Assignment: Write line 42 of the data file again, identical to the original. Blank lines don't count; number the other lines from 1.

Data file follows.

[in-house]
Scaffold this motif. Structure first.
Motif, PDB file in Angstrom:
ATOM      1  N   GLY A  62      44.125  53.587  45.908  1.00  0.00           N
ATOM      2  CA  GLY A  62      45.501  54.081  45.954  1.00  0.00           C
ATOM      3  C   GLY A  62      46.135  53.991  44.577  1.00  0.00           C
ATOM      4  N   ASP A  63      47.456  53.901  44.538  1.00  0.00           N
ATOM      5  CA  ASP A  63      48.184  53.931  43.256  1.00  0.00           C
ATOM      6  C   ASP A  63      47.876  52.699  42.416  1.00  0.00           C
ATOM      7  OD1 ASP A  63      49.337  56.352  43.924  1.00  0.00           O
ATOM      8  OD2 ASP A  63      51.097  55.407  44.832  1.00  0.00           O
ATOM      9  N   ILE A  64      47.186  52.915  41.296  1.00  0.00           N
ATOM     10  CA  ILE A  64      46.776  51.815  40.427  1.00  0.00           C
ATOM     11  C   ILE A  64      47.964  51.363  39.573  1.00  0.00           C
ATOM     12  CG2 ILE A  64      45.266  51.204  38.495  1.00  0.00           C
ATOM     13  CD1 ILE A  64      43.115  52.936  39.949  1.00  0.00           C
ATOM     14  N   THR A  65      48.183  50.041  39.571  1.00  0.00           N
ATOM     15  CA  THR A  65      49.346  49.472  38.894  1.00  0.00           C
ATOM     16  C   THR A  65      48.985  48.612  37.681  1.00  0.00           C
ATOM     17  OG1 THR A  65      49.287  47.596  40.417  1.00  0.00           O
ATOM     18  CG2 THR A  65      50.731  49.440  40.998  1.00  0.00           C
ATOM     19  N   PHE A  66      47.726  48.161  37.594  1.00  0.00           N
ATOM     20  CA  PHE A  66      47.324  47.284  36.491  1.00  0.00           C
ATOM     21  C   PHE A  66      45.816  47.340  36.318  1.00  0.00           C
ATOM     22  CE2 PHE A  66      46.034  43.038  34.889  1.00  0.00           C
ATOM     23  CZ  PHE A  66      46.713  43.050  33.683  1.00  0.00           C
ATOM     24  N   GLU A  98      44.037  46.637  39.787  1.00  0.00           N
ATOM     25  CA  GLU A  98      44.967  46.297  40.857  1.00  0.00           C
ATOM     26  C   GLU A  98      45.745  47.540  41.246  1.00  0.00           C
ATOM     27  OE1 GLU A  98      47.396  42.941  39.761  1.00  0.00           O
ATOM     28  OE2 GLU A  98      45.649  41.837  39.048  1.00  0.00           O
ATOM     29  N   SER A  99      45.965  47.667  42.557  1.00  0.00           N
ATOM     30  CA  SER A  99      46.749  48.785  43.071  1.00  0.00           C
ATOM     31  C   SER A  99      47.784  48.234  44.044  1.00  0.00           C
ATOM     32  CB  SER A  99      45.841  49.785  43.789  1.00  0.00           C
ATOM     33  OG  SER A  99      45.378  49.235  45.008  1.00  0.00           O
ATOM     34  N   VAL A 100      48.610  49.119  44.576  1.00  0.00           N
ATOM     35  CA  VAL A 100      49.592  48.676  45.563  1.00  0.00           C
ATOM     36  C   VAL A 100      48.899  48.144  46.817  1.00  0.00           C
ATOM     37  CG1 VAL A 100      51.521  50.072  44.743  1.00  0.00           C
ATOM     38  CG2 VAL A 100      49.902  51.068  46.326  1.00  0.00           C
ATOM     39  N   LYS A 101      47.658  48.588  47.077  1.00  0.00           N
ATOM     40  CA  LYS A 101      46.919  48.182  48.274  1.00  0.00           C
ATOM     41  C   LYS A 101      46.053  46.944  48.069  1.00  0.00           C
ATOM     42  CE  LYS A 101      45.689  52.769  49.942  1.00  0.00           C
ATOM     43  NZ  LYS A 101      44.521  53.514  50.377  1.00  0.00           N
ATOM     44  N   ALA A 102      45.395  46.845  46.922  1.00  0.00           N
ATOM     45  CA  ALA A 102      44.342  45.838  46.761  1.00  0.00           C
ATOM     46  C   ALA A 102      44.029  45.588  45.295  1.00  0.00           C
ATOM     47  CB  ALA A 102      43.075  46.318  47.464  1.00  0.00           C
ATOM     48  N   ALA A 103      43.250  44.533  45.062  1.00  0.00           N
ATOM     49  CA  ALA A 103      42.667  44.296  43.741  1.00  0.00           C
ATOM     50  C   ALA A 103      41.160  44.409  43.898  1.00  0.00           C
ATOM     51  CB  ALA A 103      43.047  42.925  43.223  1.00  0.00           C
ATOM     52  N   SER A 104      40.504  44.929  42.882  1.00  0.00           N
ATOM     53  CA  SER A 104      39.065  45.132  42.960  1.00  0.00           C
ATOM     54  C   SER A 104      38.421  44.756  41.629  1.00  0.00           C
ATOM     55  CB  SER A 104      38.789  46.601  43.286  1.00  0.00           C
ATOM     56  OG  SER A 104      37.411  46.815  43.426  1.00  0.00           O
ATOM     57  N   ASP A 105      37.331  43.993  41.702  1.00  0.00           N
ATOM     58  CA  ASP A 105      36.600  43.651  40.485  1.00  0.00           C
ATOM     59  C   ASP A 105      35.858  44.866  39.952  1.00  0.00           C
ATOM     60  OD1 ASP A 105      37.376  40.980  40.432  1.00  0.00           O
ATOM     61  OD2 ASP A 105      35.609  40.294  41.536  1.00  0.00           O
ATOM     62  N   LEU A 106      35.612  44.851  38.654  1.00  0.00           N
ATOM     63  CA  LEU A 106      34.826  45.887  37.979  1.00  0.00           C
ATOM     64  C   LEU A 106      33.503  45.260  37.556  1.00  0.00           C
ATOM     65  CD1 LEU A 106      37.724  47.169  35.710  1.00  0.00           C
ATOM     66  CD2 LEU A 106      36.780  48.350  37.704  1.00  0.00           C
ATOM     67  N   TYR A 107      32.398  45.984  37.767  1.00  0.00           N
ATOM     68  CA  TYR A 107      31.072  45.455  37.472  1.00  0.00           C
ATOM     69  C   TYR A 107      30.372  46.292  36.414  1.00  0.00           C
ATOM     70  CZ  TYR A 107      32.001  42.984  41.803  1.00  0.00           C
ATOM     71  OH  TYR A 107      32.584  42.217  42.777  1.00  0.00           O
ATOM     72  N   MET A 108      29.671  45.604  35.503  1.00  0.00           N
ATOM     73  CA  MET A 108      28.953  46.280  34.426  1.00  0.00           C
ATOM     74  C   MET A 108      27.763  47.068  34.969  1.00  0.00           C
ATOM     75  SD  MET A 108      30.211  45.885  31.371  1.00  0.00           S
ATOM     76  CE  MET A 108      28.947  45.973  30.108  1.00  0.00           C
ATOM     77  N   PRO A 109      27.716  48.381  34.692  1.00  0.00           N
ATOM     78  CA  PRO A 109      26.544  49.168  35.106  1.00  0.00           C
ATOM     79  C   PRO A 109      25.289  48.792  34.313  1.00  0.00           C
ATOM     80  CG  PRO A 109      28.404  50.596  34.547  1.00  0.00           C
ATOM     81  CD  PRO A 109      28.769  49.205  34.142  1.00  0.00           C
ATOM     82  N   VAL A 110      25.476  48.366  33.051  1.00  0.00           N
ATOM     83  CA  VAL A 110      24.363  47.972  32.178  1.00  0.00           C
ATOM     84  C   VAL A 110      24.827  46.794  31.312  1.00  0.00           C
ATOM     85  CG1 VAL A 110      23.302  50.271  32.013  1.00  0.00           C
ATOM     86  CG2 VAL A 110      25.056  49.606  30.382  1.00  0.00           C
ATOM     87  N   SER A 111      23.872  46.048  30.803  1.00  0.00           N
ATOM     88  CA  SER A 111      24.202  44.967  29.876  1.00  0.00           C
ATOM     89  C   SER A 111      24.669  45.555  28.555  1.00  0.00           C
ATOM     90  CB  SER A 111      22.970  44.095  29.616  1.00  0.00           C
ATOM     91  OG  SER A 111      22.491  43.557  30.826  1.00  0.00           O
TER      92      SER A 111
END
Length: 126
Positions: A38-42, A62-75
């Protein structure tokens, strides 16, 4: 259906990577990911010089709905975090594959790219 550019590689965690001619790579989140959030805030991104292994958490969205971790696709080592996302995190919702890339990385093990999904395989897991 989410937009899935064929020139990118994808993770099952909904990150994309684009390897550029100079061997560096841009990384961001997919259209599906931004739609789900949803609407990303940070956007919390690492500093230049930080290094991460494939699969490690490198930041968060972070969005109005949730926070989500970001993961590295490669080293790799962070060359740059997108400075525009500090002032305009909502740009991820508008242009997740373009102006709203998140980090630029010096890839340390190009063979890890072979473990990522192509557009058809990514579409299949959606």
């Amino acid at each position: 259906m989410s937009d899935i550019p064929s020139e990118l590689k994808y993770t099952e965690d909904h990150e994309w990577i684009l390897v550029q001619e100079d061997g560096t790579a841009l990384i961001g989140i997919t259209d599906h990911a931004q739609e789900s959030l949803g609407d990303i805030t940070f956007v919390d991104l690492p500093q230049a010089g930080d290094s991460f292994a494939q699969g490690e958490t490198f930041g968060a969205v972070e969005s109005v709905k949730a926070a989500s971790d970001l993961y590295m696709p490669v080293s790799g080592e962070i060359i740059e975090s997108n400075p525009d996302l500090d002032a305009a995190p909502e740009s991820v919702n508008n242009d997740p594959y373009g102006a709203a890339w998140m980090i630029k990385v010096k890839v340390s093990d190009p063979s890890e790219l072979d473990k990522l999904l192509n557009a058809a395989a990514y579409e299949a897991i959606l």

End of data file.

ATOM     39  N   LYS A 101      47.658  48.588  47.077  1.00  0.00           N